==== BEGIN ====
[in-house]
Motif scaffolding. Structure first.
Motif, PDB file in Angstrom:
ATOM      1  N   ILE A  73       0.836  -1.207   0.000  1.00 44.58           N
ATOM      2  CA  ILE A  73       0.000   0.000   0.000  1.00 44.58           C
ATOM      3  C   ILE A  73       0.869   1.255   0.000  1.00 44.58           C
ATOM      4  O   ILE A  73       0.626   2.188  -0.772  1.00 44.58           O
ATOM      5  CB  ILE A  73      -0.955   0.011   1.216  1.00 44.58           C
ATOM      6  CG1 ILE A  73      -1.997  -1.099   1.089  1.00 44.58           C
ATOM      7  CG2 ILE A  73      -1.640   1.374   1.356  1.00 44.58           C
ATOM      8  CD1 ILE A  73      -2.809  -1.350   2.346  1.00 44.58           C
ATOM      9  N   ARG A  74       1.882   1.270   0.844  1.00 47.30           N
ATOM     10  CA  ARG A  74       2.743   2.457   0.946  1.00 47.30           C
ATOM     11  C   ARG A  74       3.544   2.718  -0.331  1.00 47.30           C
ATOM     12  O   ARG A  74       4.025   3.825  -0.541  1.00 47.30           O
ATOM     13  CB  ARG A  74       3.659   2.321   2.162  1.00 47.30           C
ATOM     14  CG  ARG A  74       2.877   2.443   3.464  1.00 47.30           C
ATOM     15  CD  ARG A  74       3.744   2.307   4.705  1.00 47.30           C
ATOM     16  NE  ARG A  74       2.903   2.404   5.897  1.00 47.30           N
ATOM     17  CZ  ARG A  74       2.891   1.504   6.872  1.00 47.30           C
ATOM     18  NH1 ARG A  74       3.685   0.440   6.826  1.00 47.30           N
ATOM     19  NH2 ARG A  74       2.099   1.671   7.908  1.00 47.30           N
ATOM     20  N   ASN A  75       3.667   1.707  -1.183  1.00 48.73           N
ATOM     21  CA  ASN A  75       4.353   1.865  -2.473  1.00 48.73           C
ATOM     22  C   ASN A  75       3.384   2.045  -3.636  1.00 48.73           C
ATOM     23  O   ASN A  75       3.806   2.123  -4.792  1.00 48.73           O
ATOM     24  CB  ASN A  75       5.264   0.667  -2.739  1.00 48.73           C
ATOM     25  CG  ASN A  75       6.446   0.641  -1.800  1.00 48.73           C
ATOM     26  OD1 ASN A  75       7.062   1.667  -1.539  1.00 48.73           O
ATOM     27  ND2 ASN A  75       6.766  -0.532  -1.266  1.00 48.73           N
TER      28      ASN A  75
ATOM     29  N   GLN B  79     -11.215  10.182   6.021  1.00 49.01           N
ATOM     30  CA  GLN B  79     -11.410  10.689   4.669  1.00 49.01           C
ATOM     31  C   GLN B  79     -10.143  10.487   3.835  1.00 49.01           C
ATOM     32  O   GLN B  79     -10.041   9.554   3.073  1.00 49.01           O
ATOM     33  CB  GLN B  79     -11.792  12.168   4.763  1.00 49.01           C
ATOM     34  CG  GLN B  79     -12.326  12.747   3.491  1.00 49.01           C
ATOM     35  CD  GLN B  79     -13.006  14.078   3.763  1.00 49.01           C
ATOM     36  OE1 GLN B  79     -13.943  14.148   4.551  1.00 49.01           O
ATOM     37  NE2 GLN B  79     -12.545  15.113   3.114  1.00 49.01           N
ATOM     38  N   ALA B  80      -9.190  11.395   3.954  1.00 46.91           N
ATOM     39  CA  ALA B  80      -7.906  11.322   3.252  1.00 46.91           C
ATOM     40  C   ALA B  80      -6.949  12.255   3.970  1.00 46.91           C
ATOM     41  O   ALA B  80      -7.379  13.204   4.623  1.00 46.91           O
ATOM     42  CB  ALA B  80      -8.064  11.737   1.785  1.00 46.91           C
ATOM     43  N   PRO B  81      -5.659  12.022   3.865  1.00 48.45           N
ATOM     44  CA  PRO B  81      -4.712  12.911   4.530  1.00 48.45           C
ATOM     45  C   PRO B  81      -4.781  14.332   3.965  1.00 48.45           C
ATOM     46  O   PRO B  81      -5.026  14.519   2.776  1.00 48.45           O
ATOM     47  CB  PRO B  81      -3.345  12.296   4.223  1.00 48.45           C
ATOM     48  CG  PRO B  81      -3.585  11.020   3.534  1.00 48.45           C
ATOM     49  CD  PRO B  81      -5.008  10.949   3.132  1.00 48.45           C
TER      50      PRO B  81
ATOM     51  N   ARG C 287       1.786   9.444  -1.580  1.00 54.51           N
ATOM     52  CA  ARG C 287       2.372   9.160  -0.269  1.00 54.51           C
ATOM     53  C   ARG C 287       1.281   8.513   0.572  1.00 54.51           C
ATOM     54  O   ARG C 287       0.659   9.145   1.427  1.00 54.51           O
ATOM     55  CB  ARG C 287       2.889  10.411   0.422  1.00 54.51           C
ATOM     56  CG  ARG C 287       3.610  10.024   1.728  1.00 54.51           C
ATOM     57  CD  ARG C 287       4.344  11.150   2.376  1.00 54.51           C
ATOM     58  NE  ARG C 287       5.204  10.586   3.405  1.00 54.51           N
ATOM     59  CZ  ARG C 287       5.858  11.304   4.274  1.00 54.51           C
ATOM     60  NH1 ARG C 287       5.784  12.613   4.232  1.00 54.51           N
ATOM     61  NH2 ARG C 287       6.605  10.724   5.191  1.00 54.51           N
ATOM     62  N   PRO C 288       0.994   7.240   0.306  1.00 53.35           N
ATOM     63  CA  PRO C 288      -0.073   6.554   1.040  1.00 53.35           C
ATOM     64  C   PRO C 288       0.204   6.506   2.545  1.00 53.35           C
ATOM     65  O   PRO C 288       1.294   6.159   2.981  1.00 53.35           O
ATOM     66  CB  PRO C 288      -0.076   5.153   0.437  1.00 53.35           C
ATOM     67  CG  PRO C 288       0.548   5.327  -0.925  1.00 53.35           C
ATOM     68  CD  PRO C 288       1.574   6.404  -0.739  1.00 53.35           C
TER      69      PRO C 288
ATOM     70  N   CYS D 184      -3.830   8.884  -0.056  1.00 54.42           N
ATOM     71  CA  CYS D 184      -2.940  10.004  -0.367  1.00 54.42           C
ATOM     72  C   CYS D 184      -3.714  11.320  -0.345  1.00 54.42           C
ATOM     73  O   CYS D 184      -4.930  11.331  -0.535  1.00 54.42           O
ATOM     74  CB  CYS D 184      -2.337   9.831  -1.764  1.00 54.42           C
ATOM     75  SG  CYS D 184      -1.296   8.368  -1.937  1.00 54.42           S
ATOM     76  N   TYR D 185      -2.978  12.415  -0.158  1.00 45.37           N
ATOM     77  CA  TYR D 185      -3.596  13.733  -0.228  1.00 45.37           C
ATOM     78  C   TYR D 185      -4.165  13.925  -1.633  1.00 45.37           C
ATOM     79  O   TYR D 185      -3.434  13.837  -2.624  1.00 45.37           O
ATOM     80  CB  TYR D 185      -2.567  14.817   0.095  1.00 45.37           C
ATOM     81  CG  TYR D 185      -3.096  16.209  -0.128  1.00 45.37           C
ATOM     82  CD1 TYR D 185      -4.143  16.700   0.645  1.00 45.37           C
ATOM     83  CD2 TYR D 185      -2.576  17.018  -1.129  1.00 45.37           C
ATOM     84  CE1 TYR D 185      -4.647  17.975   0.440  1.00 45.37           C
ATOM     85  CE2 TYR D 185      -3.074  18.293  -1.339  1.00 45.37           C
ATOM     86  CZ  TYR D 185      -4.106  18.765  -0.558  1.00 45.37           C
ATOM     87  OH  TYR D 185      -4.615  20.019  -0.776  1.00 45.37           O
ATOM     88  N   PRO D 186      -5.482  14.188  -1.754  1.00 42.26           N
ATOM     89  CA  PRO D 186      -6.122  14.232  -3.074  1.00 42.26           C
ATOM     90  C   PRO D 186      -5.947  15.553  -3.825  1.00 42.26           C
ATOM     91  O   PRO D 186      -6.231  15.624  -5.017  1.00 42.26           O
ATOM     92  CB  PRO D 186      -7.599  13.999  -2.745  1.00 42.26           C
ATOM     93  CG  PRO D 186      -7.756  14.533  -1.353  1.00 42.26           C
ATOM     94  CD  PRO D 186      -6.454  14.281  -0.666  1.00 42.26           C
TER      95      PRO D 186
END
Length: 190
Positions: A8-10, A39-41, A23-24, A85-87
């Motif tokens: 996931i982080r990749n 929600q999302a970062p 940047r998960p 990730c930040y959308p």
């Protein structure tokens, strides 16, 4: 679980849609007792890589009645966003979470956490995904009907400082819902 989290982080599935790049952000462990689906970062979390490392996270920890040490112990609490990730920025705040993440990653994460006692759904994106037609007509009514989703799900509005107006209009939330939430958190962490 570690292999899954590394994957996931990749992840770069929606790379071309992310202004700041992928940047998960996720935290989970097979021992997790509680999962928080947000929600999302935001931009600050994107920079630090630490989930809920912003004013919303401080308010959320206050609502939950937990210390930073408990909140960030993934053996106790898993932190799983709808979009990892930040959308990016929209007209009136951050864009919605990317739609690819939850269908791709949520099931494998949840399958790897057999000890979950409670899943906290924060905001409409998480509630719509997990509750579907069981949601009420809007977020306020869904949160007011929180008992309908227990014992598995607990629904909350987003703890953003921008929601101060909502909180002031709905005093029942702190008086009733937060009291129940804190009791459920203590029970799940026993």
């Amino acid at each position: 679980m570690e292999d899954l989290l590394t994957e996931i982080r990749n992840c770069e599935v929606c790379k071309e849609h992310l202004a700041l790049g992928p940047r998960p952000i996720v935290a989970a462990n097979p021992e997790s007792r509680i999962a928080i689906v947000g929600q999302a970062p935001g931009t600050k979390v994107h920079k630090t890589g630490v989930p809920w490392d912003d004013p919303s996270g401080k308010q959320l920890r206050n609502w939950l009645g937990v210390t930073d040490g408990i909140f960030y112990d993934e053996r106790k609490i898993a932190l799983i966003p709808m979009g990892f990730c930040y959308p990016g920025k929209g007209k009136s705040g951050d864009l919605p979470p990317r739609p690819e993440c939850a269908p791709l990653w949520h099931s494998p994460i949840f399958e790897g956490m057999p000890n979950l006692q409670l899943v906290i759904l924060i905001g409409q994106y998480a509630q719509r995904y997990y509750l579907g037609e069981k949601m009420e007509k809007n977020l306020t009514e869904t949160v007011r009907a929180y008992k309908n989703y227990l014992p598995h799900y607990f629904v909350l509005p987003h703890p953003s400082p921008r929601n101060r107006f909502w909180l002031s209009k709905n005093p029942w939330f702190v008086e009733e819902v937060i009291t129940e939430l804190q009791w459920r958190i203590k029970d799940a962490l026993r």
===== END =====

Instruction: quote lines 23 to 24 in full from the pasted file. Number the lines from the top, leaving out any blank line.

ATOM     20  N   ASN A  75       3.667   1.707  -1.183  1.00 48.73           N
ATOM     21  CA  ASN A  75       4.353   1.865  -2.473  1.00 48.73           C